I just put together salza 0.5. Everything should be around two times faster. I learned a lot about LispWorks, Allegro, and SBCMUCL in the process. Well, mostly LispWorks.
Salza implements the DEFLATE data format; this produces a stream of literal values and length, distance pairs. It also uses a naive version the compression algorithm suggested in the RFC: keep a hash table of the positions of three-byte combinations in the input stream, and use the table to continually look for past matches to incoming data. (There are wrinkles, but that's the gist.)
Statistical profilers are very handy tools. Both Allegro and SBCL make it very obvious where to look for bottlenecks.
Lisp hash tables were one of the most obvious bottlenecks. Since the keys and values are all in the range of 0 to #xFFFFFF, I wrote a specialized hash table that is somewhat faster than the default implementation. Then I found out that #xFFFFFF is a bignum on LispWorks, and cried a little inside.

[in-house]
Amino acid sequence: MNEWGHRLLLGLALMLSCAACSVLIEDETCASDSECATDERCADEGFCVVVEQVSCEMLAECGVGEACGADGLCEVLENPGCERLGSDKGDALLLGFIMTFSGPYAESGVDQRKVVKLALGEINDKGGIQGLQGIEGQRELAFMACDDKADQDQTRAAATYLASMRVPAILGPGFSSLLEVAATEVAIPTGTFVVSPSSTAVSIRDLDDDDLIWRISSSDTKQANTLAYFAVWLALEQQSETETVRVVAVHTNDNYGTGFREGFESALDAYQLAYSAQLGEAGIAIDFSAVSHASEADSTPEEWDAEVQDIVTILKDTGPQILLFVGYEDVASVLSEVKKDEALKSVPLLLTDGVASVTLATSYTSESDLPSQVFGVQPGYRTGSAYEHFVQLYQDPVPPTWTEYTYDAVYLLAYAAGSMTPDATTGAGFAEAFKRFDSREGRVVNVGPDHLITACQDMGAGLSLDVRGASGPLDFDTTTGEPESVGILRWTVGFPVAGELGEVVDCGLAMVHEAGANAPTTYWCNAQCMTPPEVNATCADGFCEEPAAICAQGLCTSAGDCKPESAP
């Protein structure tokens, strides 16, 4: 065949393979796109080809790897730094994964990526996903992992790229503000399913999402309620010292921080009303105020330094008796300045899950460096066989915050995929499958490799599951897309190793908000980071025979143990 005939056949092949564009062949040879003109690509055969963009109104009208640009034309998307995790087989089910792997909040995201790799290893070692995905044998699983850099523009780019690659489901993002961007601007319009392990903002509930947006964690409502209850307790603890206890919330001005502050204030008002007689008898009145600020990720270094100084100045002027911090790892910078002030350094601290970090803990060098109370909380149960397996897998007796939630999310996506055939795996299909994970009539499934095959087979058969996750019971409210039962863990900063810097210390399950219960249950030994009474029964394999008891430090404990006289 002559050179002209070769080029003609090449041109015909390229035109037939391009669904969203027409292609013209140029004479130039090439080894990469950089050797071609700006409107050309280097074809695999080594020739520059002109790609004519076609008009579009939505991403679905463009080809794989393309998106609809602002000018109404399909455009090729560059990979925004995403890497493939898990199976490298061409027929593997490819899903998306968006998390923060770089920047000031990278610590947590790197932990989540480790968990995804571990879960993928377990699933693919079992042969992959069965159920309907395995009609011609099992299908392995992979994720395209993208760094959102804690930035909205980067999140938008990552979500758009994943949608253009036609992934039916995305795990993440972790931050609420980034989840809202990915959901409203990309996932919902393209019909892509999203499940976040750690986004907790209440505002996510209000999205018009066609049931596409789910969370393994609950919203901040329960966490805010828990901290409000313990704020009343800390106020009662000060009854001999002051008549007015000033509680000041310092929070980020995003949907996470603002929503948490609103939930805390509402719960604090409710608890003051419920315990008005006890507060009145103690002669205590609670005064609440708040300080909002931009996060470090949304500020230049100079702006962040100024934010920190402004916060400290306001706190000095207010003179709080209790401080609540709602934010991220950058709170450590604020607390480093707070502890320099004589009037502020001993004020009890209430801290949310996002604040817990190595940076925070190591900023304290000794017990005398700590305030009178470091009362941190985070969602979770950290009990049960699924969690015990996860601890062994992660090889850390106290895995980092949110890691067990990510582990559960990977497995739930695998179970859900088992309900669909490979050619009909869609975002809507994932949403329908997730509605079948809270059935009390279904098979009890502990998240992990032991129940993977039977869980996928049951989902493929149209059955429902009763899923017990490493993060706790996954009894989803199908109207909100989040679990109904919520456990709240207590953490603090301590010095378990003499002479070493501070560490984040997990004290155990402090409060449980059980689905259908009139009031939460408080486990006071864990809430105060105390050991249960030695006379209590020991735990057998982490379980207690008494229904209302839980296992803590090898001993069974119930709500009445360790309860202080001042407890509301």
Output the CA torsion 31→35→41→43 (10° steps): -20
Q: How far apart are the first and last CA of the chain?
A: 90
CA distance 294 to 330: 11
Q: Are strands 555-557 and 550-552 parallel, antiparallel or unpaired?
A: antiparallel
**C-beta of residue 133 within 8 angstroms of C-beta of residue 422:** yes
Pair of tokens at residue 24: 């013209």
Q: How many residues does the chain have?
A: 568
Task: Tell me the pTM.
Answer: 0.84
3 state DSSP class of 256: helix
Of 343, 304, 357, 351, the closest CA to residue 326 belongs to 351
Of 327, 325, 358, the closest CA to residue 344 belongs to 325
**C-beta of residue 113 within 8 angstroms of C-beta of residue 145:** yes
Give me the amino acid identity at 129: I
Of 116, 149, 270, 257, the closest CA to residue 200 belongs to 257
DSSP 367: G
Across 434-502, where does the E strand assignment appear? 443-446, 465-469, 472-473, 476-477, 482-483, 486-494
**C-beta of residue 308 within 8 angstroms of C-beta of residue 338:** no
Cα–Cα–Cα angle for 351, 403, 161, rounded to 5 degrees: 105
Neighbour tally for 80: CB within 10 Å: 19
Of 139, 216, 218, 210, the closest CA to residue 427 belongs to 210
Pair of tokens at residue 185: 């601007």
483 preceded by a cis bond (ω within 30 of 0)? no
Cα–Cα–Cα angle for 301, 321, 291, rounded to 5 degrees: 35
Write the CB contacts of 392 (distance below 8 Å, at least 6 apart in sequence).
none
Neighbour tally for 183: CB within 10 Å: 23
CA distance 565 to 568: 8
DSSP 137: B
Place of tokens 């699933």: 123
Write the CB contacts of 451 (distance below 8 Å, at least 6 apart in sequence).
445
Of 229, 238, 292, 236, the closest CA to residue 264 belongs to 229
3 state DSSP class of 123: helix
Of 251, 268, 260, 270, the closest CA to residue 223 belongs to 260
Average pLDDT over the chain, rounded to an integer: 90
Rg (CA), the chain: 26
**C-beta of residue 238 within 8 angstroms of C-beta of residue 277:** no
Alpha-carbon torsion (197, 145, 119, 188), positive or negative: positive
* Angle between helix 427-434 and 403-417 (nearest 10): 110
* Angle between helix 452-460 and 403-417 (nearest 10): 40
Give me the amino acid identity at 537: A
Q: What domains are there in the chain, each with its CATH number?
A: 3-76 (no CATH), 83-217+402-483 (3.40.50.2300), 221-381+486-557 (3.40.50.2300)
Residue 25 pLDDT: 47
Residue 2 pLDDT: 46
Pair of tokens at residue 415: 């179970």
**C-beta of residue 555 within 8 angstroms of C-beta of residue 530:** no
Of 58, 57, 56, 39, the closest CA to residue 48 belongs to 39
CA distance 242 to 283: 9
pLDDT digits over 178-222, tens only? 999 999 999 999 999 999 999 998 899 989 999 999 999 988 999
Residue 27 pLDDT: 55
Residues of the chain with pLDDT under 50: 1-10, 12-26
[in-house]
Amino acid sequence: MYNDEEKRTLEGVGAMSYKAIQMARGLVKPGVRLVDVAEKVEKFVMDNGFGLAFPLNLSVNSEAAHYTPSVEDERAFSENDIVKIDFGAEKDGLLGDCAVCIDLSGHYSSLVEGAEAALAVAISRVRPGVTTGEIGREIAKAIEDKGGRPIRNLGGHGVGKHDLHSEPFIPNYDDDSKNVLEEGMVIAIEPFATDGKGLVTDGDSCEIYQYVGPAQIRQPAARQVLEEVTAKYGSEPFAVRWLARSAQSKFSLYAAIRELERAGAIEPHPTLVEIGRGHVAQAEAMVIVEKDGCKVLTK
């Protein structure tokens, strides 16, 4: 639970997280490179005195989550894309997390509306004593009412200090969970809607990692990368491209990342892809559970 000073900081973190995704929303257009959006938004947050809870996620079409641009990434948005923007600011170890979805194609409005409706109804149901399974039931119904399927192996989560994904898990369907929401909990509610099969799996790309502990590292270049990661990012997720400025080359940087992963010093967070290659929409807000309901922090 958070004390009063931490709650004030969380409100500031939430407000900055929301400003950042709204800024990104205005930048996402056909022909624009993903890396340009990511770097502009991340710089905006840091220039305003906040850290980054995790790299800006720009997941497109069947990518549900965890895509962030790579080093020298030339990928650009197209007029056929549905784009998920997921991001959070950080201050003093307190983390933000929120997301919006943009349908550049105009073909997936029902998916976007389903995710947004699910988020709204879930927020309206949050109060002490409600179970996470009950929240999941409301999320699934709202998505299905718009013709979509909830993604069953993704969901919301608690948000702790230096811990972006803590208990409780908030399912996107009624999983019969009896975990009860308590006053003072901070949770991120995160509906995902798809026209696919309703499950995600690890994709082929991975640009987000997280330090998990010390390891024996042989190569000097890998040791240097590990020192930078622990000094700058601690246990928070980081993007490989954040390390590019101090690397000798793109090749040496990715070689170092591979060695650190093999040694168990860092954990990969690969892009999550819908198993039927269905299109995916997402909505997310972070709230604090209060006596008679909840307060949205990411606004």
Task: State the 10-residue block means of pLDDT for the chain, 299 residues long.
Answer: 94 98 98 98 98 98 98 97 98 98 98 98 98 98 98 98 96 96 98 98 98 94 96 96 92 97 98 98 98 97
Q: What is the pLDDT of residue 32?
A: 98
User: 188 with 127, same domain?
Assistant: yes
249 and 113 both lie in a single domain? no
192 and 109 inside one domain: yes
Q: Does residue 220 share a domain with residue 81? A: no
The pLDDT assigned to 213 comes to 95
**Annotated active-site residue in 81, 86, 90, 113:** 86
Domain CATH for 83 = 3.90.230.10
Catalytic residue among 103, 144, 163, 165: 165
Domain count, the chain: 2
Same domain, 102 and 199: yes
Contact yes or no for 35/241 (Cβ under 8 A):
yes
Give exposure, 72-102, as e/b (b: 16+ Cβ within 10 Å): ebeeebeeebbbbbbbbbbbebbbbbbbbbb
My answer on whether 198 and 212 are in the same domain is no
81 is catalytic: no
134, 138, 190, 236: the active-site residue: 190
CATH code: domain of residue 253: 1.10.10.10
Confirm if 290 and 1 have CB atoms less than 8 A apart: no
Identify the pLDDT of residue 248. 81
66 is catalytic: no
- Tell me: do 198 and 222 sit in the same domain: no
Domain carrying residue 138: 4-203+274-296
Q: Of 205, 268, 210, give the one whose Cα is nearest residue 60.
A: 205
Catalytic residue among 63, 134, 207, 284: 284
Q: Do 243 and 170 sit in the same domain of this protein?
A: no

Another obvious bottleneck was REPLACE. Salza used REPLACE to copy data from buffer to buffer, and it was a significant bottleneck on SBCL, after hash tables. Writing a version of REPLACE with lots of octet-vector declarations was a performance win.
SBCL and CMUCL use type inference to generate very fast code. They can also automagically use unboxed mod-32 arithmetic. I changed my implementation of the CRC32 algorithm from one that worked on 32 bit values (which didn't cons at all in SBCL) to one that worked on the high and low 16 bits instead to avoid a lot of overhead in Allegro and LispWorks.
(LispWorks has a special int32 type, but then you're forced to use a separate, non-standard interface for working with objects of that type. Ugh.)
(simple-array foo) is not equivalent to (simple-array foo (*)); getting it right improves things a lot.
Anything not inlined can be a big loser. I managed to eliminate many non-inline calls to AREF, ASH, and bitwise logical ops, but there is still room for improvement.
In fact, there is a lot of room for improvement everywhere. This has been a real brain-stretching exercise; it's my first time working with LispWorks and Allegro, my first hash table implementation, my first time staring at disassembly, my first time trying to make accurate type declarations to squeeze out performance. It's been a lot of fun, and I hope I can make salza faster and less ugly as time goes by.